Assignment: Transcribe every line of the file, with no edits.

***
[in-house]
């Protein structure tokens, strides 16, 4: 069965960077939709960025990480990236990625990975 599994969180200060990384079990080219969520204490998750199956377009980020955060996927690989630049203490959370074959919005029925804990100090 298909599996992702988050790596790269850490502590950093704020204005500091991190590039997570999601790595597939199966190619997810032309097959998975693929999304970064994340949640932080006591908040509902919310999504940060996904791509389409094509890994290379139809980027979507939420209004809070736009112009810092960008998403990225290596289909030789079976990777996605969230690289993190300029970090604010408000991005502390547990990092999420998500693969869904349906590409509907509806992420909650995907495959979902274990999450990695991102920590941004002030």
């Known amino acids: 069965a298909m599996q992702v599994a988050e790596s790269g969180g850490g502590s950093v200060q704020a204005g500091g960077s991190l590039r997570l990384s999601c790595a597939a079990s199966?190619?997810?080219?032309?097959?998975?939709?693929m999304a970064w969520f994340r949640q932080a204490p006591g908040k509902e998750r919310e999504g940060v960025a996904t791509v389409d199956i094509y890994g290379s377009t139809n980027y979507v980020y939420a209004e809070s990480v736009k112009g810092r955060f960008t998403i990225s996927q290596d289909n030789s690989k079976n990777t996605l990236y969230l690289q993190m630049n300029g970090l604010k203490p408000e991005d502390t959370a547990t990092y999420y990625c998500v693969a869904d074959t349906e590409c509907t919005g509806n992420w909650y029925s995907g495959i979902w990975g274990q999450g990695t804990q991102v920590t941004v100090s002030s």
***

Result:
[in-house]
């Protein structure tokens, strides 16, 4: 069965960077939709960025990480990236990625990975 599994969180200060990384079990080219969520204490998750199956377009980020955060996927690989630049203490959370074959919005029925804990100090 298909599996992702988050790596790269850490502590950093704020204005500091991190590039997570999601790595597939199966190619997810032309097959998975693929999304970064994340949640932080006591908040509902919310999504940060996904791509389409094509890994290379139809980027979507939420209004809070736009112009810092960008998403990225290596289909030789079976990777996605969230690289993190300029970090604010408000991005502390547990990092999420998500693969869904349906590409509907509806992420909650995907495959979902274990999450990695991102920590941004002030």
């Known amino acids: 069965a298909m599996q992702v599994a988050e790596s790269g969180g850490g502590s950093v200060q704020a204005g500091g960077s991190l590039r997570l990384s999601c790595a597939a079990s199966?190619?997810?080219?032309?097959?998975?939709?693929m999304a970064w969520f994340r949640q932080a204490p006591g908040k509902e998750r919310e999504g940060v960025a996904t791509v389409d199956i094509y890994g290379s377009t139809n980027y979507v980020y939420a209004e809070s990480v736009k112009g810092r955060f960008t998403i990225s996927q290596d289909n030789s690989k079976n990777t996605l990236y969230l690289q993190m630049n300029g970090l604010k203490p408000e991005d502390t959370a547990t990092y999420y990625c998500v693969a869904d074959t349906e590409c509907t919005g509806n992420w909650y029925s995907g495959i979902w990975g274990q999450g990695t804990q991102v920590t941004v100090s002030s």